The third is that I will share with you that I came into this confident in our ability to move this forward and to move Così to being profitable. And after 60 days, I will tell you I am more confident than the day that I arrived.

So what I would like to do is update everyone on seven key strategic initiatives that are in play. The first is one that Bill mentioned, which is the shuttering of underperforming units. On April 16 we mentioned that we had a number of locations that were unprofitable and that have to doing a deep dive analysis of the historic of these locations, we realized that these restaurants are not profitable.

We have engaged [HELCO] to assist us as our third-party both in removing extracting ourselves from these unprofitable units, as well as engineering cost out of many of our leases in our portfolio. So I am encouraged by the progress that HELCO is making so far.

The second is, I was very clear the last time we spoke that one of the reasons I am as confident as I am in Così is that we know that there is a compelling economic model embedded in the brand. I shared with everyone that Hearthstone; the franchise company that I own in Boston has been very successful for eight years with Così.

So there is a process in play of extracting that compelling economic model, taking the initiatives, taking the operating system and spreading that throughout all of Così. So what has been deployed so far to give you an example is a merchandizing focus where we have increased the number of items that we sell per location. We’ve increased the number of skews that we sell at the unit level. And we are seeing a sizable uptick in comp store sales where that initiative has been fully embraced, so again I am encouraged.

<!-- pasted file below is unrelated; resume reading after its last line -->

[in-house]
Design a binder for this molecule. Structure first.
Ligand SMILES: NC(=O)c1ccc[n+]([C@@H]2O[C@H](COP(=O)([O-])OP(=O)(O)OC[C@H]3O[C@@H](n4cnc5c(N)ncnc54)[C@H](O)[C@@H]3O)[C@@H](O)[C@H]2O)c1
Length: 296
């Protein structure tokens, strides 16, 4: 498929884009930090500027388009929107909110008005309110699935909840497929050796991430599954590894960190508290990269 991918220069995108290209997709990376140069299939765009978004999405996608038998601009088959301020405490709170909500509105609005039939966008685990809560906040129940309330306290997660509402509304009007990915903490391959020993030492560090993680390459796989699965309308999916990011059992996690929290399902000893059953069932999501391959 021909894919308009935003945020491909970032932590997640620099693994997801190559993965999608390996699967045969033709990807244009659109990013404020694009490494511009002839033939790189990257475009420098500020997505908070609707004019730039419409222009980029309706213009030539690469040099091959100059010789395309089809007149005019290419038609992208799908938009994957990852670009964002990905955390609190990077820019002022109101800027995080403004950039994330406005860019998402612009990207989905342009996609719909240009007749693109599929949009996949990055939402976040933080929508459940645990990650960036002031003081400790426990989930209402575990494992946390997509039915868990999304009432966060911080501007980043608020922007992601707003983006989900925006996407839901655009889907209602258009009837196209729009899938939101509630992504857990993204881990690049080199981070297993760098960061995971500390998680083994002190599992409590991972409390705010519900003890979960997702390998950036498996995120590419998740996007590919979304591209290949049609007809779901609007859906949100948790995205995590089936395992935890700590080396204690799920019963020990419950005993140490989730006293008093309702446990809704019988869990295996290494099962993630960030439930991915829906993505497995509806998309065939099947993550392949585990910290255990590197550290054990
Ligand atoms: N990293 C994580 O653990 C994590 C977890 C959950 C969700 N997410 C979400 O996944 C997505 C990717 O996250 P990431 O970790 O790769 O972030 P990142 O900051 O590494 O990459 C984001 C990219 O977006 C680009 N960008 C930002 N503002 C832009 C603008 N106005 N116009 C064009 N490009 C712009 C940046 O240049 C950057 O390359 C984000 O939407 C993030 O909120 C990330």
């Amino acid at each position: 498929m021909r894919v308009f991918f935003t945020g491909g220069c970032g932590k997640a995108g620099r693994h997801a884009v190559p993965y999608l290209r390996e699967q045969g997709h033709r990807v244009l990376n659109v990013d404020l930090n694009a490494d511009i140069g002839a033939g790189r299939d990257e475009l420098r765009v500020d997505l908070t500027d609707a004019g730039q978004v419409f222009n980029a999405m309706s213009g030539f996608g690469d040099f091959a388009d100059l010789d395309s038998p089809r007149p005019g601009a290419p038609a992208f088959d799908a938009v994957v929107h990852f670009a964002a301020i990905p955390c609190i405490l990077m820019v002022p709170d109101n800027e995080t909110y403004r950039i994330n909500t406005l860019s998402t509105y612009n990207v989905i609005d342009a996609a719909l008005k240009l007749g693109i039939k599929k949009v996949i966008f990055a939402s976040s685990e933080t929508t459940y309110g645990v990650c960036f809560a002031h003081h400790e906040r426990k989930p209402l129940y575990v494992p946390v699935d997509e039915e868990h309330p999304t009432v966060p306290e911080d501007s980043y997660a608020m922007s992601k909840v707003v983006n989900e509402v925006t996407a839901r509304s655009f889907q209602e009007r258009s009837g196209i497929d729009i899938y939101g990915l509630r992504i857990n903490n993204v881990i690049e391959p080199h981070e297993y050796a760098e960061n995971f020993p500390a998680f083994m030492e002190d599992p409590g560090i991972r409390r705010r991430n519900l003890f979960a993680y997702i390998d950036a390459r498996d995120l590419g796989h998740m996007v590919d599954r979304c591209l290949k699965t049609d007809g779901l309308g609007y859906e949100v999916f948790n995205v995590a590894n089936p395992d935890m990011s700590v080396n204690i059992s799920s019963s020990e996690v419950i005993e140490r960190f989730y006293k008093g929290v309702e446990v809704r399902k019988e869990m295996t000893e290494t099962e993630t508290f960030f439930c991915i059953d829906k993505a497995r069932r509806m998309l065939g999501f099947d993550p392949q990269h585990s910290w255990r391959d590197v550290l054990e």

The third, I mentioned on April 16, the importance of us building a superior team to move this forward. And I am excited to tell you that we are attracting best-in-class leadership. And you publically are aware of this, but there is above that starting about Così and I am thrilled to be a part of that.

We are attracting discipline experts that are aggressive passionate leaders that share our culture. Let me give you a few examples.

Within the last 30 days, we brought on board Kate Shehan as Vice President of Human Resources. Kate was formally Vice President, Human Resources at Legal Sea Food and Morton Steakhouse. Kate is world class. [Brian Marks], Vice President of Operations, again just a spectacular example of an aggressive passionate leader. Jim (inaudible), our new VP of IT. Jim is arguably best in class in the information technology arena and is going to lead our initiative to make technology a competitive advantage for us and there will be more to come.

What is in play is an initiative of blending, both the best of Così with this new talent that we bring to board. But to wrap up this section, I will tell you that I'm extremely excited by the levels of talent that we're attracting.

Four, I’d like to talk about our brand focus. And there are three specific areas that we'll address in brand focus. The first is culinary. I mentioned the last time that we spoke that we will leverage the healthy halo that Così enjoys. We have done focus groups on products; we've now deployed a test on a new item. And I'm extremely encouraged by the list that we are seeing both in preference as well as in guest counts as a result of this new product offering. So, the results that we are seeing in Boston, if we can replicate them across this system, will give us the lift that I think we would be encouraged to see.

The second area of the brand focus is the brand position. There are two areas I like to talk about here. The first is there is no doubt that we need to instill confidence in our consumer base in our ability to execute. That is where we're leveraging two things here. The first is that operating system that I spoke about earlier from Hearthstone and the second is the superior team that we are building that Kate and Brian and working very hard to pull together.

Again, where we are getting traction, we're seeing positive momentum and I'm encouraged. The second area under brand position that I'll offer is that you will continue to see us focus on Così being seen as a brand that people want to do business way. So how we engage in our communities, how we position the brand will all be focused on being that type of company.

And the third is the area that I mentioned just a second ago under brand focus which is making technology a competitive advantage. This is what Jim [Lucks] does very, very well; he’s world class at it. You're going to see that happen over the next 12 months.